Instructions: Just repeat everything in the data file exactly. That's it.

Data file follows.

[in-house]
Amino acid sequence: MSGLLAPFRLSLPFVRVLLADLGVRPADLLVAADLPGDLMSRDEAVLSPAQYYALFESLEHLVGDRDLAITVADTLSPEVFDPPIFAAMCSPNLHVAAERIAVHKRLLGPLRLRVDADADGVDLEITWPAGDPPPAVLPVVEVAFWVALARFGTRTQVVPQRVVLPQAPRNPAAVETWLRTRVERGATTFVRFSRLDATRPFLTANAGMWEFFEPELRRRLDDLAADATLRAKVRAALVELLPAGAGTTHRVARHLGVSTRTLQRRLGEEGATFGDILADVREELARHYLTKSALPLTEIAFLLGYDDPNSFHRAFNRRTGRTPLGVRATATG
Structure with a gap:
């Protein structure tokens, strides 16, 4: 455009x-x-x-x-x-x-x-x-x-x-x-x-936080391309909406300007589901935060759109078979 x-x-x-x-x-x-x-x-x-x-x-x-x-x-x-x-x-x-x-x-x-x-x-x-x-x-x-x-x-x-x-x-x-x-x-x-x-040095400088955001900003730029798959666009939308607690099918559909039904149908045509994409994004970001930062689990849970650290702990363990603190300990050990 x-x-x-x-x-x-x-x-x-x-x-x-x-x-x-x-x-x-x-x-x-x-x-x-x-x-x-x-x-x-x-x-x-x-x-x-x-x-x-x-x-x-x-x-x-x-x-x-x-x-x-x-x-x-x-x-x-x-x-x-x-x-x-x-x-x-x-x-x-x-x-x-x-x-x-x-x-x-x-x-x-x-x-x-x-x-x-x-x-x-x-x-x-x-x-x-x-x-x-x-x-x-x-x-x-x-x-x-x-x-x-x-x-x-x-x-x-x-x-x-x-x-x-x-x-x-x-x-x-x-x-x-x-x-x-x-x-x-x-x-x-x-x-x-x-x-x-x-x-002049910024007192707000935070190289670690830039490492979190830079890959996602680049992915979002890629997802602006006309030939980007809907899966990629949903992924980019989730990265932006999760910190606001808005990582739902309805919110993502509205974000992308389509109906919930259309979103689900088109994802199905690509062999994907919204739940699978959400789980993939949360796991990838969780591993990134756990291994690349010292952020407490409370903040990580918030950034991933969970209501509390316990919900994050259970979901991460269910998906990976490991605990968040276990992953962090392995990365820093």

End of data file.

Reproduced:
[in-house]
Amino acid sequence: MSGLLAPFRLSLPFVRVLLADLGVRPADLLVAADLPGDLMSRDEAVLSPAQYYALFESLEHLVGDRDLAITVADTLSPEVFDPPIFAAMCSPNLHVAAERIAVHKRLLGPLRLRVDADADGVDLEITWPAGDPPPAVLPVVEVAFWVALARFGTRTQVVPQRVVLPQAPRNPAAVETWLRTRVERGATTFVRFSRLDATRPFLTANAGMWEFFEPELRRRLDDLAADATLRAKVRAALVELLPAGAGTTHRVARHLGVSTRTLQRRLGEEGATFGDILADVREELARHYLTKSALPLTEIAFLLGYDDPNSFHRAFNRRTGRTPLGVRATATG
Structure with a gap:
């Protein structure tokens, strides 16, 4: 455009x-x-x-x-x-x-x-x-x-x-x-x-936080391309909406300007589901935060759109078979 x-x-x-x-x-x-x-x-x-x-x-x-x-x-x-x-x-x-x-x-x-x-x-x-x-x-x-x-x-x-x-x-x-x-x-x-x-040095400088955001900003730029798959666009939308607690099918559909039904149908045509994409994004970001930062689990849970650290702990363990603190300990050990 x-x-x-x-x-x-x-x-x-x-x-x-x-x-x-x-x-x-x-x-x-x-x-x-x-x-x-x-x-x-x-x-x-x-x-x-x-x-x-x-x-x-x-x-x-x-x-x-x-x-x-x-x-x-x-x-x-x-x-x-x-x-x-x-x-x-x-x-x-x-x-x-x-x-x-x-x-x-x-x-x-x-x-x-x-x-x-x-x-x-x-x-x-x-x-x-x-x-x-x-x-x-x-x-x-x-x-x-x-x-x-x-x-x-x-x-x-x-x-x-x-x-x-x-x-x-x-x-x-x-x-x-x-x-x-x-x-x-x-x-x-x-x-x-x-x-x-x-x-002049910024007192707000935070190289670690830039490492979190830079890959996602680049992915979002890629997802602006006309030939980007809907899966990629949903992924980019989730990265932006999760910190606001808005990582739902309805919110993502509205974000992308389509109906919930259309979103689900088109994802199905690509062999994907919204739940699978959400789980993939949360796991990838969780591993990134756990291994690349010292952020407490409370903040990580918030950034991933969970209501509390316990919900994050259970979901991460269910998906990976490991605990968040276990992953962090392995990365820093």